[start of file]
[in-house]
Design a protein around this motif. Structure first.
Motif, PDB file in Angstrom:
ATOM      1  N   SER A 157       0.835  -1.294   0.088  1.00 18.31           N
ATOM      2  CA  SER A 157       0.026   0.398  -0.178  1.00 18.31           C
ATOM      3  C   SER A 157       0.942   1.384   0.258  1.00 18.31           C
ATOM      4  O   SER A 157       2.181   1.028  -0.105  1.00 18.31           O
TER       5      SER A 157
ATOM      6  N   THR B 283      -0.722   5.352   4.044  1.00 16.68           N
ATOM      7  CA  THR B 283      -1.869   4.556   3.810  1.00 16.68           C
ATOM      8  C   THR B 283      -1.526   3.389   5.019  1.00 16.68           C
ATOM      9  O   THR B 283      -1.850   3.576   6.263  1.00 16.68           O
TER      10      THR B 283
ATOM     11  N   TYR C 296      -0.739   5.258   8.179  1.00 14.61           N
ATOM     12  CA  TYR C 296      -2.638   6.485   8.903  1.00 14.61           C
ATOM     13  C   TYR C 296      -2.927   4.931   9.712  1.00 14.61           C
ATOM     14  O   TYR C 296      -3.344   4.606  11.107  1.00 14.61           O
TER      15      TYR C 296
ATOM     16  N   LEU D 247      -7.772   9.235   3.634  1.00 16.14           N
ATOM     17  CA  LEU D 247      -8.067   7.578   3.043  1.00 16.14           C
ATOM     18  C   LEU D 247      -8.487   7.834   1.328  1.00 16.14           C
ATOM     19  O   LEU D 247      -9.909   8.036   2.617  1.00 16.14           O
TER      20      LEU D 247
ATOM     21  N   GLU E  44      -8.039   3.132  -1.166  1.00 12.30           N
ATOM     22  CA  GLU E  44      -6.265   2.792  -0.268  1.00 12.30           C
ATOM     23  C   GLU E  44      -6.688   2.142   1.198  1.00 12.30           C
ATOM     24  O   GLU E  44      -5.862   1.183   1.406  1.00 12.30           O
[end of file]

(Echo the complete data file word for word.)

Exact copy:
[in-house]
Design a protein around this motif. Structure first.
Motif, PDB file in Angstrom:
ATOM      1  N   SER A 157       0.835  -1.294   0.088  1.00 18.31           N
ATOM      2  CA  SER A 157       0.026   0.398  -0.178  1.00 18.31           C
ATOM      3  C   SER A 157       0.942   1.384   0.258  1.00 18.31           C
ATOM      4  O   SER A 157       2.181   1.028  -0.105  1.00 18.31           O
TER       5      SER A 157
ATOM      6  N   THR B 283      -0.722   5.352   4.044  1.00 16.68           N
ATOM      7  CA  THR B 283      -1.869   4.556   3.810  1.00 16.68           C
ATOM      8  C   THR B 283      -1.526   3.389   5.019  1.00 16.68           C
ATOM      9  O   THR B 283      -1.850   3.576   6.263  1.00 16.68           O
TER      10      THR B 283
ATOM     11  N   TYR C 296      -0.739   5.258   8.179  1.00 14.61           N
ATOM     12  CA  TYR C 296      -2.638   6.485   8.903  1.00 14.61           C
ATOM     13  C   TYR C 296      -2.927   4.931   9.712  1.00 14.61           C
ATOM     14  O   TYR C 296      -3.344   4.606  11.107  1.00 14.61           O
TER      15      TYR C 296
ATOM     16  N   LEU D 247      -7.772   9.235   3.634  1.00 16.14           N
ATOM     17  CA  LEU D 247      -8.067   7.578   3.043  1.00 16.14           C
ATOM     18  C   LEU D 247      -8.487   7.834   1.328  1.00 16.14           C
ATOM     19  O   LEU D 247      -9.909   8.036   2.617  1.00 16.14           O
TER      20      LEU D 247
ATOM     21  N   GLU E  44      -8.039   3.132  -1.166  1.00 12.30           N
ATOM     22  CA  GLU E  44      -6.265   2.792  -0.268  1.00 12.30           C
ATOM     23  C   GLU E  44      -6.688   2.142   1.198  1.00 12.30           C
ATOM     24  O   GLU E  44      -5.862   1.183   1.406  1.00 12.30           O